A row has once again broken out between two of the virus world's best known characters -- Sophos senior technology consultant and mouthpiece Graham Cluley, and Gigabyte, a female Belgian hacker.
Sophos has identified a worm -- which isn't in the wild -- called W32/Coconut-A. It is spread by email and takes the form of an executable file that launches a fair-ground coconut-shy game. The more points end users score, the fewer files the worm tries to infect.
The twist is that they score the most points for literally knocking Cluley's block off -- and the writer of the virus? Of course it is Gigabyte.
Gigabyte has written Cluley-focused malware in the past and last March, as a 17-year-old, famously created the first virus written in Microsoft's C# language, called Sharpei.
At the time Gigabyte told silicon.com that she hadn't done so to forward the cause of women using computers, saying in an email: "Writing Sharp to fight against sexism? Girl power? Heh... As if I'd bother."
However, Cluley and Sophos seem convinced Gigabyte is under the impression he thinks women and girls aren't computer savvy.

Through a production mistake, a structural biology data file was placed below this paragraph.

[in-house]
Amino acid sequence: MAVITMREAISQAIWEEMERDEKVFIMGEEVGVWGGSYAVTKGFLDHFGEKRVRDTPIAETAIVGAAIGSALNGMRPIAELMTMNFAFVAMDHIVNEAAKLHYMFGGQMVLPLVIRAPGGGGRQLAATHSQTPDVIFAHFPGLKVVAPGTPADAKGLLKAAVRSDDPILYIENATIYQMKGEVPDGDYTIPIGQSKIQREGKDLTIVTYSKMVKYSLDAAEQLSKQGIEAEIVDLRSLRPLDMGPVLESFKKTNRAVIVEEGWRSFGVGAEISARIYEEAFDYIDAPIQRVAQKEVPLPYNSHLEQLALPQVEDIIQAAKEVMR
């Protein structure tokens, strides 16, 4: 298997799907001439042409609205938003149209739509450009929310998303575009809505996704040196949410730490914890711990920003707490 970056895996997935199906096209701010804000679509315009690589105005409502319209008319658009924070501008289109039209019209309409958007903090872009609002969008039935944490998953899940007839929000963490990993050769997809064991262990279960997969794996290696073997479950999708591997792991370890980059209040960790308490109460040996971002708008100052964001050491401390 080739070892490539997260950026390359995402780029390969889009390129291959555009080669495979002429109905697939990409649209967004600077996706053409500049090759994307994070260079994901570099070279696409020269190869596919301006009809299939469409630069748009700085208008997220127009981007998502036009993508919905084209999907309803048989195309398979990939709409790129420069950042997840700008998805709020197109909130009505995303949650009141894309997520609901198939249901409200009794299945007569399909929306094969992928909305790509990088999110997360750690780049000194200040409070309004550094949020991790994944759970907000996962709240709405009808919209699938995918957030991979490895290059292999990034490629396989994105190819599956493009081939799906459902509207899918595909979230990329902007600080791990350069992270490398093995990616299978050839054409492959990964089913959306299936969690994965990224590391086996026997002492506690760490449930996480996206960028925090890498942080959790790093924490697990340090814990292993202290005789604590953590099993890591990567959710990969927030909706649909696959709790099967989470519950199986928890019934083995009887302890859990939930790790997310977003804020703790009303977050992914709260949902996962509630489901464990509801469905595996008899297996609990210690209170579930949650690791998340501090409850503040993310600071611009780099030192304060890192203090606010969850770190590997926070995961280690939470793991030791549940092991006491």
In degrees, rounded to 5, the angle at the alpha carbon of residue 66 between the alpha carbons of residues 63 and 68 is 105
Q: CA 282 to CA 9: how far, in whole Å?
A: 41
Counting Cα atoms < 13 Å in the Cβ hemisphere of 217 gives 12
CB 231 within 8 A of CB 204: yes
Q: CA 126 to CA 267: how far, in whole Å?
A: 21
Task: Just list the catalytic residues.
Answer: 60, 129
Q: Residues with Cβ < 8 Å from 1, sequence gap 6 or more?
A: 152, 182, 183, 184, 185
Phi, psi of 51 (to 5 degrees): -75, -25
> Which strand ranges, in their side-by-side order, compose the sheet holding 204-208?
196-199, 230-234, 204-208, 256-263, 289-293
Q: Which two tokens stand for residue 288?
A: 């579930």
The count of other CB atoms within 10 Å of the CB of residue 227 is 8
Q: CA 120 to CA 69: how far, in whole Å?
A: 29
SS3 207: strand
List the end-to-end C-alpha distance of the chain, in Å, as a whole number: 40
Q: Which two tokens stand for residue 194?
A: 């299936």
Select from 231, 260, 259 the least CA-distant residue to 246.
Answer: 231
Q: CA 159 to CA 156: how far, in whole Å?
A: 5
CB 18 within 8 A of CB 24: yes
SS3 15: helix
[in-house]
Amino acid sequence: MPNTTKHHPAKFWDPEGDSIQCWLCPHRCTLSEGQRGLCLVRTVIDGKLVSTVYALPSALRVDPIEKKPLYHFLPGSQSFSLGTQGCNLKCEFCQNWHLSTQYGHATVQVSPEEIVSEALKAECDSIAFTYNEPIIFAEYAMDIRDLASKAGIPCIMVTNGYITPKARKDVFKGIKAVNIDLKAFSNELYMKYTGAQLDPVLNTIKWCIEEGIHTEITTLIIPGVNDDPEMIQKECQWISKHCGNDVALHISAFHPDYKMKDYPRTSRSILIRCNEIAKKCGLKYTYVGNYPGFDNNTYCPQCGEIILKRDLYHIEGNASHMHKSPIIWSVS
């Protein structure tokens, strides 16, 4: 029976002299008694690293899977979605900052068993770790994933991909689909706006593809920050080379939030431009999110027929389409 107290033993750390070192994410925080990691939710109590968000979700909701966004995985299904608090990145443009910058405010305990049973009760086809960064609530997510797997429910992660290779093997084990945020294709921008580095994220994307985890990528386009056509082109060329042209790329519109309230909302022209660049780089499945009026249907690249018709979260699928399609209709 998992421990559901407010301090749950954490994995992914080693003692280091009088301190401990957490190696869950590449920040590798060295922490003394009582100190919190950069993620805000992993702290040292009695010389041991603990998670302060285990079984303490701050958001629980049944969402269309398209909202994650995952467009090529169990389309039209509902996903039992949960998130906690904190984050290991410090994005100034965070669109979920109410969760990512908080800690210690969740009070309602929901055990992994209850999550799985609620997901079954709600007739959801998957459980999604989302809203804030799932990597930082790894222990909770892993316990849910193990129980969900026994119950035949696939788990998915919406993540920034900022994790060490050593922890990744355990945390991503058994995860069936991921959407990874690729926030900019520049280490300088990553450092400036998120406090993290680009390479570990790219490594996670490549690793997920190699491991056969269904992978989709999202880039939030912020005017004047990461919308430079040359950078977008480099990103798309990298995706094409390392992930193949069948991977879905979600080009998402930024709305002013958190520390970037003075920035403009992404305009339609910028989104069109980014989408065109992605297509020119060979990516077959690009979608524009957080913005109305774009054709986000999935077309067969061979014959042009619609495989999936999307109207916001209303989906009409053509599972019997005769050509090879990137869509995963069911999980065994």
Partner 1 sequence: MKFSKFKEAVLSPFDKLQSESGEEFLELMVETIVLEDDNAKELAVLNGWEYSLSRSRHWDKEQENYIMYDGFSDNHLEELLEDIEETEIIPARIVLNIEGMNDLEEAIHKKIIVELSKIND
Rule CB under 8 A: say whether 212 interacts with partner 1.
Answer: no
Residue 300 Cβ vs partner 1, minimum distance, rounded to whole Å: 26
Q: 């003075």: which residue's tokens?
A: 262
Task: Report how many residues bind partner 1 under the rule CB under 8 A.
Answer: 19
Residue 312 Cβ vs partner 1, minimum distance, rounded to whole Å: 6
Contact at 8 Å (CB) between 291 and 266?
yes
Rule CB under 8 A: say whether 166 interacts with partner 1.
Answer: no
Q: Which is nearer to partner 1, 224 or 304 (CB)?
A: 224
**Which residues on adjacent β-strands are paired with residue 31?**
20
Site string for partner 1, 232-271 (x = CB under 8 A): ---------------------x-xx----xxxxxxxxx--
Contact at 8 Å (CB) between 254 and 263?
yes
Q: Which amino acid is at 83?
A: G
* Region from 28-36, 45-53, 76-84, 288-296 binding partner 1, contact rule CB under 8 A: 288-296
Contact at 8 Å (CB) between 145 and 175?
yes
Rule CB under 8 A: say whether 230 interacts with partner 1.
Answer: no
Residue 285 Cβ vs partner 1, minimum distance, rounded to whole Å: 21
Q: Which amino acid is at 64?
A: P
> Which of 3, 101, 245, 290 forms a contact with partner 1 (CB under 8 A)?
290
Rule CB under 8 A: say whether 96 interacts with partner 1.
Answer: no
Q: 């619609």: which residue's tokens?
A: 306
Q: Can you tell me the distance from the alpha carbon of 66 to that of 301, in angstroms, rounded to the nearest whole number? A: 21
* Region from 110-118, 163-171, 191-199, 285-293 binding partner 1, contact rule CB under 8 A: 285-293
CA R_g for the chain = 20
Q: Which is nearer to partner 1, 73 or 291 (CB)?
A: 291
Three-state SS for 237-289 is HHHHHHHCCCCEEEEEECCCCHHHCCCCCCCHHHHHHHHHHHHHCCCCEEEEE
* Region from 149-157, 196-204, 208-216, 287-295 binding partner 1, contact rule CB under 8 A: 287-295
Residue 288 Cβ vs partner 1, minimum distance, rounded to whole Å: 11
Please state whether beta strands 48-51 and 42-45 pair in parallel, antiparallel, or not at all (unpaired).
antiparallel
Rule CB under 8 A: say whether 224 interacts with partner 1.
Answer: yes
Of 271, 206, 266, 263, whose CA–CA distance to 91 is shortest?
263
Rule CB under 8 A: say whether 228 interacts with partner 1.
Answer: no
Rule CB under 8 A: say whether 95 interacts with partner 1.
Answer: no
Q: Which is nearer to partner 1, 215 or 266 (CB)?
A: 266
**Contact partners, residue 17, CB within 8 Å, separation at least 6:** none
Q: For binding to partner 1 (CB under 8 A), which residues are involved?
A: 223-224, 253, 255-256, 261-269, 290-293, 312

He told silicon.com: "She may have misunderstood my comments in the past. My point is that boys mature later than girls, which is why girls see how pointless it is writing viruses."
Cluley admitted Gigabyte, who is known to be a Belgian computer studies student and aged 18 or 19, is "a competent programmer". She has also become something of a sex symbol for young male hackers who frequently try to contact her via her website. She represents a kind of cyber-savvy Lara Croft figure, an image backed up after a silhouetted TV interview last year showed her kick-boxing.
Cluley added, with a touch of sarcasm: "She is fascinated in me for one reason or another. I'm in a position of authority, so maybe she looks up to me. I'd like to think she's taken with the cut of my jib."
He said the two hadn't been in touch. Gigabyte was unavailable for immediate comment.